Declarative languages allow programmers to say "what" they want, without worrying over the details of "how" to achieve it. These kinds of languages revolutionized data management decades ago (SQL, spreadsheets), but traditionally had limited success in other aspects of computing. The story seems to be changing in recent years, however. One new chapter is work that my colleagues and I have been pursuing on the design and implementation of declarative languages and runtime systems for network protocol specification. Distributed Systems and Networking appear to be surprisingly natural domains for declarative specifications, and -- given recent interest in new architectures for datacenters, sensor networks, and the Internet itself -- these domains are ripe for a new programming methodology.
As the work on core declarative networking has matured, we have been returning to our roots in data management, with emerging declarative projects in distributed inference algorithms, and a metacompiler that is getting us thinking about data-intensive computations in cluster and manycore settings. This talk will introduce the concepts of Declarative Networking, the state of the research agenda today, and some new directions being pursued.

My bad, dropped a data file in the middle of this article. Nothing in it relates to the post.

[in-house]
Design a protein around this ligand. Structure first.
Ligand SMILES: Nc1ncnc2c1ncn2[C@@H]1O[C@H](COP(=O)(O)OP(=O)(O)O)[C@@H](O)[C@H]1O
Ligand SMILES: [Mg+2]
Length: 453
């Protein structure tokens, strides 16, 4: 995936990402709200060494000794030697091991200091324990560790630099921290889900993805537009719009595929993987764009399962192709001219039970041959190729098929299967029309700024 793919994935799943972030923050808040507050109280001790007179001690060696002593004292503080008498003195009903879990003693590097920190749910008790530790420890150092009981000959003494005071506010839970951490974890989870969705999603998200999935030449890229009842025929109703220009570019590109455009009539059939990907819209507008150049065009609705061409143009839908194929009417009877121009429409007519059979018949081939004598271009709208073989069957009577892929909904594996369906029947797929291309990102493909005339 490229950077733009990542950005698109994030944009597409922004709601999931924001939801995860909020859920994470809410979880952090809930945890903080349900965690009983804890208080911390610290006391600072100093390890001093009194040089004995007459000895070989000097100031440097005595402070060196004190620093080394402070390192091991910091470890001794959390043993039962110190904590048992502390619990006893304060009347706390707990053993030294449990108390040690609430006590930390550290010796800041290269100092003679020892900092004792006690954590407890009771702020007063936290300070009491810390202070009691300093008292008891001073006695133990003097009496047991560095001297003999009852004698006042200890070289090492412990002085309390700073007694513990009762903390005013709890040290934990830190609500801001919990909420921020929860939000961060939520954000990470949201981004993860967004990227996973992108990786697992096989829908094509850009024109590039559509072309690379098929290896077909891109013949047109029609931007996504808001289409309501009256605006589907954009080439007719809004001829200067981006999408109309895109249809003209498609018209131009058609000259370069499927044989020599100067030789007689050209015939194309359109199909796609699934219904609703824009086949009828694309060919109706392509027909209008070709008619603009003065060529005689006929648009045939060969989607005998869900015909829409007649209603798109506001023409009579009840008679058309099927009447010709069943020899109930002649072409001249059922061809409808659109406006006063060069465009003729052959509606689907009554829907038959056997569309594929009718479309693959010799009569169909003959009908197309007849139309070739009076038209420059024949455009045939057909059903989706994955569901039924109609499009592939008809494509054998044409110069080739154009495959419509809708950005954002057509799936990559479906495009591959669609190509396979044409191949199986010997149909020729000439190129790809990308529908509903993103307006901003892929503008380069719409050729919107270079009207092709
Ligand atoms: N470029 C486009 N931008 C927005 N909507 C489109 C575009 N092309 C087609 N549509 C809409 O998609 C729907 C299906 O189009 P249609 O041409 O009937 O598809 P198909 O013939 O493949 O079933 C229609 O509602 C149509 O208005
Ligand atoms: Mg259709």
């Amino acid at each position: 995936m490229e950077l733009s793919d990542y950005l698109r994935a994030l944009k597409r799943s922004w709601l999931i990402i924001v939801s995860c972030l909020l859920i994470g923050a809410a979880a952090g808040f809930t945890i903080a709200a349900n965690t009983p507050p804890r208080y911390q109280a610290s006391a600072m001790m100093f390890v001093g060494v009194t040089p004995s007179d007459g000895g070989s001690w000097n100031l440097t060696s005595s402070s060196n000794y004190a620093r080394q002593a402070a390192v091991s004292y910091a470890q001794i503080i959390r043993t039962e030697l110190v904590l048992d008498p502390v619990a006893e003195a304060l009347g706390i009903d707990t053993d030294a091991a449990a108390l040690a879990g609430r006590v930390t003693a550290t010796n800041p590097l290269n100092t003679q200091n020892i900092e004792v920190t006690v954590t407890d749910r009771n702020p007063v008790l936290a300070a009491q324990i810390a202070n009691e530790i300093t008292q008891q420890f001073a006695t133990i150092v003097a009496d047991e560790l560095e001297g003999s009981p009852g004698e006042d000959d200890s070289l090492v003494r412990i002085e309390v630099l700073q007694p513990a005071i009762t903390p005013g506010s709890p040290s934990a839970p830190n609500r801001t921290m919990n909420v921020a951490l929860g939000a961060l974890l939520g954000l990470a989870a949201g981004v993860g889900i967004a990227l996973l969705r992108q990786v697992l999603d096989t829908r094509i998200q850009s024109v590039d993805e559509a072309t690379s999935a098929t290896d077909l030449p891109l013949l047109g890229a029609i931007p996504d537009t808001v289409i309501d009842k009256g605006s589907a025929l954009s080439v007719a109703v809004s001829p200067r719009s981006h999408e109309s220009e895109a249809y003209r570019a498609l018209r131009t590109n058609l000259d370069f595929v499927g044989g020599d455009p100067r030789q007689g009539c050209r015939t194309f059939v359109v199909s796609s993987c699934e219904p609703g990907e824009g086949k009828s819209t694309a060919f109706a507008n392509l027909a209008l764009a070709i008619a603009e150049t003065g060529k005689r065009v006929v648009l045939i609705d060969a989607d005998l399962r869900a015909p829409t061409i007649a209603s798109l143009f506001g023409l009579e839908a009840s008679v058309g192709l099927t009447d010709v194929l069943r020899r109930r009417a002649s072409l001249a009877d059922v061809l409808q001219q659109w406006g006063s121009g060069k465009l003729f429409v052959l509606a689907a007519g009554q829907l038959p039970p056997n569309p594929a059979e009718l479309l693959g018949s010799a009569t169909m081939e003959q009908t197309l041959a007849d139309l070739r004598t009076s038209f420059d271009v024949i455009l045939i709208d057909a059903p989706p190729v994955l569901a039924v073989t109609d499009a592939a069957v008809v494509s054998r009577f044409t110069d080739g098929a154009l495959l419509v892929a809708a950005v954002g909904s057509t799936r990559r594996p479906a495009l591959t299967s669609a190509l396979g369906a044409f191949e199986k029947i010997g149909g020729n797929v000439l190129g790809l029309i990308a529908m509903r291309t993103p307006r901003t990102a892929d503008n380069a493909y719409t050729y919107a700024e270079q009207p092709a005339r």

Modern web sites are complex applications demanding high performance, scalability, and rich functionality from their data management backends. Most major web applications achieve the levels of scalability and cost-efficiency that they require through backends built on a cluster of relational DBMSs.
Distributed object stores such as Amazon's Dynamo are attractive data-serving back-ends because they scale well and inexpensively, and have long been used in many web applications (e.g., Yahoo! relies extensively on a similar system called UDB for its internal applications). However, data-backed applications are easier to build on an infrastructure that offers richer semantics than a basic file system, and this has led to the development of systems with richer, but still limited, database functionality, such as the rows and columns abstraction provided by Google's BigTable.
Even more powerful database functionality, such as indexing techniques and richer transaction models, is important for many large scale applications---and we believe that these features can be added while achieving scalability and fault-tolerance comparable to simpler object-stores. We are building Sherpa, a massive scale data management service to support Yahoo!'s web applications. The key insight driving our design is that web applications can typically accept lower levels of consistency than full serializability of transactions, opening the way to systematically exploit fine-grained asynchronous replication.